You are here

Chairwoman Inspires Families Towards the Korean Dream

Share a story

Have a story you want to share? Send it to us at the following address: enews@globalpeace.org

By Keiko Sometani

Dr. Jun Sook Moon, the co-founder of Global Peace Foundation(GPF) and Chair of Global Peace Women, brought an enlightening, however uncommon, perspective to Korean reunification in an informative speech at the recent Global Peace Convention hosted in Seoul. According to Dr. Moon, the mission of fulfilling Korean reunification begins in the home.

The Korean Dream

At a time when Korean unification is bringing brought closer to the forefront of the international stage, it is important to remember that a reunified nation may take many forms and not necessarily uphold the aspirations, values, and ideals of its citizens. This is why Dr. Jun Sook Moon and her husband Dr. Hyun Jin P. Moon are working to articulate a universal vision that reflects the most cherished ideals of the Korean people on their path to reunification.

The “Korean Dream” is a vision for a free, unified, prosperous nation that upholds human rights and freedoms for all Koreans. It embodies the ancient Korean ethos Hongik Ingan that Dr. Jun Sook Moon described in her address,

Hongik Ingan, which means to live for the benefit of all humanity, is the founding aspiration of Korea. This simple phrase contains profound spiritual meaning that transcends history and time. Korean reunification cannot be achieved through short-sighted policies based on the geopolitics of the last 10, 20 years. The Hongik Ingan ideal that runs through the Korean Dream represents the destiny and yearning of the Korean people, its DNA.”

Dr. Moon shared her conviction that such a nation would spread peace and development across the world.

Learning Hongik Ingan at home

So how does the Korean dream connect to home life?

“Family is the most important and fundamental building block of society, the nation, and the world,” said Dr. Moon. Family life is where significant social and emotional learning takes place after all. Here, children learn at a very young age how to process their emotions, work through conflicts and relate with others harmoniously. In a nurturing and stable family, children learn about love, kindness, and sacrifice through relationships with parents, siblings and extended family members. The family environment shapes the development of a child as Dr. Moon conveys,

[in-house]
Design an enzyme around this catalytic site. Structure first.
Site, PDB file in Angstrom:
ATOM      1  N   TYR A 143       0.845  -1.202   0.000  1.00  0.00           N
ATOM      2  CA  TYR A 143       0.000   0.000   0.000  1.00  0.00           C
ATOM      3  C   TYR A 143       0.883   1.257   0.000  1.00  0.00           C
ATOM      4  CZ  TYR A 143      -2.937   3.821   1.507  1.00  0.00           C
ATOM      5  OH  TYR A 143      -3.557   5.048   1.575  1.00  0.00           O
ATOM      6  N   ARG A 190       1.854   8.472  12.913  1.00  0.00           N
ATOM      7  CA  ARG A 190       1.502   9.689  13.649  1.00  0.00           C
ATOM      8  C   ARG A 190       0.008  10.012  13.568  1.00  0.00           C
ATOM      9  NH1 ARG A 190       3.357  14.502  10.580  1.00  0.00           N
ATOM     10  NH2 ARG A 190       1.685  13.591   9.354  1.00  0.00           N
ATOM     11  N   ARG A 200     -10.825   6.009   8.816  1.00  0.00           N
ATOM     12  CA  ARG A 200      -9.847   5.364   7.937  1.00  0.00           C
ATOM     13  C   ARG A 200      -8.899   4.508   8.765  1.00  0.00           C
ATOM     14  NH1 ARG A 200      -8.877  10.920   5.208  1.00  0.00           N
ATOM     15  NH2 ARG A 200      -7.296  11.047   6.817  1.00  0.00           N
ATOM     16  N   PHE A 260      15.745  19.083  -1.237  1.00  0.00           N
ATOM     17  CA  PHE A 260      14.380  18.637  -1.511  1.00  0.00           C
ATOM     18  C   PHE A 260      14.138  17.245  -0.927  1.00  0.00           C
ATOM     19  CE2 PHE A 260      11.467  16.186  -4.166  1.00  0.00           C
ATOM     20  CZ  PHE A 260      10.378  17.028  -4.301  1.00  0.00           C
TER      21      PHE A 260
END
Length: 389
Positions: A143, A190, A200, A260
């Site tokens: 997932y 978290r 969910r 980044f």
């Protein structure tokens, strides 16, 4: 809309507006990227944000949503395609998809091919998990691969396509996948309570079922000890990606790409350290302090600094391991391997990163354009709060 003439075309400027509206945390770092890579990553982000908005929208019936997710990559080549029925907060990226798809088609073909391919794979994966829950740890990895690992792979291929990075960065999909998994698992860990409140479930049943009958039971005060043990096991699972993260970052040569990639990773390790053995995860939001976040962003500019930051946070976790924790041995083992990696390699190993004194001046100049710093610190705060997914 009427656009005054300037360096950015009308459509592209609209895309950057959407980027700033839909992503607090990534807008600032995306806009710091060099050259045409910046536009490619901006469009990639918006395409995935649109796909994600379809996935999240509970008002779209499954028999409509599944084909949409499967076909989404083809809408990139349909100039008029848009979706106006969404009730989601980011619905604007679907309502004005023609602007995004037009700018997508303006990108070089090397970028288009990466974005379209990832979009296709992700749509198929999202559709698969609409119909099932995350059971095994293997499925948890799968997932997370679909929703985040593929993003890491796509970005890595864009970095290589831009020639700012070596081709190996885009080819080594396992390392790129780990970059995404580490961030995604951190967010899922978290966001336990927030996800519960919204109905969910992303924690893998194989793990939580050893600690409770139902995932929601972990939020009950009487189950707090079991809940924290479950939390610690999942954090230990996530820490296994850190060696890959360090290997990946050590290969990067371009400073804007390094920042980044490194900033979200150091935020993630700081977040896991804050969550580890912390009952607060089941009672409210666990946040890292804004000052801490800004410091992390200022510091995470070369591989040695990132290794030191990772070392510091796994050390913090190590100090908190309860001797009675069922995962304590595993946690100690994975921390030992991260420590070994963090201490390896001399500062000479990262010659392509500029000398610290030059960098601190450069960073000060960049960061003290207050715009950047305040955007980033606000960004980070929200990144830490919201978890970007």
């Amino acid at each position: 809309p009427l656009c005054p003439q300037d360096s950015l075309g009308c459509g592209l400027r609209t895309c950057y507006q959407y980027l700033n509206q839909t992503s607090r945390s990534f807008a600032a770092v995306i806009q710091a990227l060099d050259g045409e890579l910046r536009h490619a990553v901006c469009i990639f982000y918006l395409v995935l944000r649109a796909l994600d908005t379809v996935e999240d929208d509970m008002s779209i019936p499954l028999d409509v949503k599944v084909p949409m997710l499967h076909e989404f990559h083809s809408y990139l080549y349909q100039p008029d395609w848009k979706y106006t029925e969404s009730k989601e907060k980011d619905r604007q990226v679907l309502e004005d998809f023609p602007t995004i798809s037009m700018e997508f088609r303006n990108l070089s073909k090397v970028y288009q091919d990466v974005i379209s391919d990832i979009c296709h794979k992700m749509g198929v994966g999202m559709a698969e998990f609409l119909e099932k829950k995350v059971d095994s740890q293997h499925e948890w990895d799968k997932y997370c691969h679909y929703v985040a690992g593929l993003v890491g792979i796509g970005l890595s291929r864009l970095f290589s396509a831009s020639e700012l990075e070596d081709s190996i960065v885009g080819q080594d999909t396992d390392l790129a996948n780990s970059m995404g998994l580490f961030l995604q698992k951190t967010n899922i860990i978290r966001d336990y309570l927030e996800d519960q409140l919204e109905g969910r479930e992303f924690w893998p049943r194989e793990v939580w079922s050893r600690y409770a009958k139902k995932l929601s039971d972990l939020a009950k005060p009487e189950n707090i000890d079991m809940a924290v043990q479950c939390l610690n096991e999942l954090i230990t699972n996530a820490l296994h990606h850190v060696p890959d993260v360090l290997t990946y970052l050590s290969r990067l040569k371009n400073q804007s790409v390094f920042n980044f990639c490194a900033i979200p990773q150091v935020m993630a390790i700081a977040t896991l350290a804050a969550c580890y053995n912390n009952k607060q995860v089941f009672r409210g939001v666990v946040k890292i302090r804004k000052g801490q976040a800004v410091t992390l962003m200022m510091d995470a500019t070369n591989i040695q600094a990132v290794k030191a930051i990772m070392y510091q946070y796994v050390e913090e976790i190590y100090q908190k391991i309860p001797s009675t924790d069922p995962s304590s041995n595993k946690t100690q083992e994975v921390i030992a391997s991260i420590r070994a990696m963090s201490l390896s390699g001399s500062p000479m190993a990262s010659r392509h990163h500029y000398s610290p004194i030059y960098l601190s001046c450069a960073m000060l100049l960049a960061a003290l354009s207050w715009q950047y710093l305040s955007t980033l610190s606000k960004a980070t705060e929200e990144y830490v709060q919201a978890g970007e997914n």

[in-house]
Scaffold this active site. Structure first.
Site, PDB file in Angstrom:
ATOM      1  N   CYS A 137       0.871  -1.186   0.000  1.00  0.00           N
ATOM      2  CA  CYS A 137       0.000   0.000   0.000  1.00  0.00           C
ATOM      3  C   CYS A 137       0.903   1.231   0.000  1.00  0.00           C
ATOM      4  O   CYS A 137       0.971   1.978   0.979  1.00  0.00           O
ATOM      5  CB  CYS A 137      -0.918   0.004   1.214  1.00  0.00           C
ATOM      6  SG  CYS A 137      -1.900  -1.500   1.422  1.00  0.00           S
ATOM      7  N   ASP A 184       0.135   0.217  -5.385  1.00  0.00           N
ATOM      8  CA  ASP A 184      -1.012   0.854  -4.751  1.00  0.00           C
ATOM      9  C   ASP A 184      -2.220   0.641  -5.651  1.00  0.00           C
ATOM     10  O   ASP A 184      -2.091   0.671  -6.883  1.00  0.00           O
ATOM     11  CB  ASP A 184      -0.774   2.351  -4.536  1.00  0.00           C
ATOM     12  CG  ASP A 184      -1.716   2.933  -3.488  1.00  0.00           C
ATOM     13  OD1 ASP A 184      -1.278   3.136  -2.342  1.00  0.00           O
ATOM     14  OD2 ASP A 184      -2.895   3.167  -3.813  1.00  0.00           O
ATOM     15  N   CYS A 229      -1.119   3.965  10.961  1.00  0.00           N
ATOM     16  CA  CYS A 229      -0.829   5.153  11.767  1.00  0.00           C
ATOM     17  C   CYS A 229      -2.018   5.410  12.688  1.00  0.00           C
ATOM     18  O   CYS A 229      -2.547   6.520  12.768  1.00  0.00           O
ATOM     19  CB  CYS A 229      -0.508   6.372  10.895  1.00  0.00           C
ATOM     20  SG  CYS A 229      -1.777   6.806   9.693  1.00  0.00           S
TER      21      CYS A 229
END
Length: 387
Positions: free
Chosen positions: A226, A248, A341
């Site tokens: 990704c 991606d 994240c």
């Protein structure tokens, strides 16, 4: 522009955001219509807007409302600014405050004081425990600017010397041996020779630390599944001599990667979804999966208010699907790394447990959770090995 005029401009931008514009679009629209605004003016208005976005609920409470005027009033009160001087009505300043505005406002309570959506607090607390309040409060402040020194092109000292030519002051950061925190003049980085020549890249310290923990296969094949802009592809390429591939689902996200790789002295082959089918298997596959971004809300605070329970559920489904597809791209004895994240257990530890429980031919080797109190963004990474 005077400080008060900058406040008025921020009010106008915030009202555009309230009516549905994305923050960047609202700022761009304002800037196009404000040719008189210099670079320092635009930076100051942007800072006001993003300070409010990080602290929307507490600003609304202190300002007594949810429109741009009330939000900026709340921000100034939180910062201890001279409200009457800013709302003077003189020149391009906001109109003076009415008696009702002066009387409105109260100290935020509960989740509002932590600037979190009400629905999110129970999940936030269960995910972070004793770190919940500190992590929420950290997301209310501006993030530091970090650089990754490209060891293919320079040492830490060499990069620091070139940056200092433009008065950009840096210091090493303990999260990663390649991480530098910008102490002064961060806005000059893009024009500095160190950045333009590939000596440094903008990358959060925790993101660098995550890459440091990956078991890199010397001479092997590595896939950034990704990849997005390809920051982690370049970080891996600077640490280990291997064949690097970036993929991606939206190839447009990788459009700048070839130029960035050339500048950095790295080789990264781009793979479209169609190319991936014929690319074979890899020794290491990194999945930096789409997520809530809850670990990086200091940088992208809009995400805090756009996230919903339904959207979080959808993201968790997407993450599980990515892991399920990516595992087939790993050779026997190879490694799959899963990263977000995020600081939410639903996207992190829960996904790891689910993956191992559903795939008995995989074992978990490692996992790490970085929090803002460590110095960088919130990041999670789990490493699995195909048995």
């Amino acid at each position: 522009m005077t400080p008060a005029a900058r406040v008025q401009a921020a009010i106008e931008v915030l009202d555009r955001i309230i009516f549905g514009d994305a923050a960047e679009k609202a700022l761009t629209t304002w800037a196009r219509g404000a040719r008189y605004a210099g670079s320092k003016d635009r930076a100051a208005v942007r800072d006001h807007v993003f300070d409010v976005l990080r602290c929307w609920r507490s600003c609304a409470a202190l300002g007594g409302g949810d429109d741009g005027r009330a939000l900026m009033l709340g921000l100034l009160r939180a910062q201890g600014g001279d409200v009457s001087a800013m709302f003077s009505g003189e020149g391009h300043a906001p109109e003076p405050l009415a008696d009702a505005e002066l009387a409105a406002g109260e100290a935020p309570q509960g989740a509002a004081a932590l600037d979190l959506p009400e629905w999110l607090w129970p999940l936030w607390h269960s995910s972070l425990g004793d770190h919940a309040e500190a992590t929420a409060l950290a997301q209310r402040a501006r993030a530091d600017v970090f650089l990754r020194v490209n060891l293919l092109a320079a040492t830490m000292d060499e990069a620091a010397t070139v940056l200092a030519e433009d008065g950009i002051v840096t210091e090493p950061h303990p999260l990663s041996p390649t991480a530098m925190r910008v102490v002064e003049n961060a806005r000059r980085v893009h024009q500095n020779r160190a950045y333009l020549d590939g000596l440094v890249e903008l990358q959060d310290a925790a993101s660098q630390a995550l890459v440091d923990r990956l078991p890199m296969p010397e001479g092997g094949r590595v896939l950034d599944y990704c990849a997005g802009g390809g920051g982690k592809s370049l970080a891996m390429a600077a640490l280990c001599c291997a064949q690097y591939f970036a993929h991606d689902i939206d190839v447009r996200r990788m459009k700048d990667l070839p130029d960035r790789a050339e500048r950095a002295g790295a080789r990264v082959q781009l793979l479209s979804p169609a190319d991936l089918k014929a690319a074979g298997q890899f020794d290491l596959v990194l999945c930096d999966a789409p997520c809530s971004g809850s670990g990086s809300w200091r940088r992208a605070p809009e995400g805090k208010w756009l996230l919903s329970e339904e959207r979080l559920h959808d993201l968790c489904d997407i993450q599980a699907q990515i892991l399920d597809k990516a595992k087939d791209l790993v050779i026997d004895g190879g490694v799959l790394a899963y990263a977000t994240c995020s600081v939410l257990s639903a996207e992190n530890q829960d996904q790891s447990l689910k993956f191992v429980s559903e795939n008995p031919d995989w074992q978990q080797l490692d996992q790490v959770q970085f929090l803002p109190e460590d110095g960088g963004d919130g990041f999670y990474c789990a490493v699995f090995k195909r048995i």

“Familial relationships encompass the most intimate and enduring relationships of love, even more sacred than religion. This is why parents and family have tremendous influence in shaping a person’s character. We know all too well that someone raised in a family filled with peace, love, and mutual support is likely to have vastly different outcomes from someone who experienced abusive and self-centered relationships.”

If parents embody the ideal of Hongik Ingan by living for the benefit of every family member and every human crossing the family’s path in life, children would learn this ideal and more likely embody it as they mature into adulthood.

Hongik Ingan is not something the government can mandate. It’s a way of life, already embedded in Korean history and society to some extent. A nation embodying Hongik Ingan is only possible if its citizens cherish and embody this ideal in their daily lives. And according to Dr. Moon, the family unit is the most natural place to learn and practice this ideal.

International leaders in the Women's Leadership Forum show support for the One Korea Global Campaign at the 2019 GPC

Empowering Women in building peace

Though the foundation of a loving, harmonious family is dependent on both men and women, Dr. Moon took the opportunity to acknowledge and uplift the unseen efforts of mothers.

“Think about your own mother. You know to what extent she leads a life of devotion and sacrifice for the sake of the entire family….. However, no mother expects compensation for her sacrifice. She only hopes for her children to be healthy and happy, dedicating herself to the family’s harmony and wellbeing, and guiding everyone on the right path.”

A mother’s role is crucial for a family’s wellbeing. In a way, she contributes to peace in society by raising virtuous citizens and future leaders of the nation. But women also have an important responsibility in contributing to peace directly as Dr. Moon points out,

“Women leaders who embody love and service play critical roles in promoting peace and uplifting human dignity throughout society. Recognizing this, we should support the growth and development of women’s leadership around the world.”

The Korean Dream will only be achieved through the “everyday actions” of Koreans in the North, South and around the world.  As natural peacemakers, women have an important role in realizing the Korean Dream.  

Visit www.1dream1korea.com for more on the One Korea Global Campaign.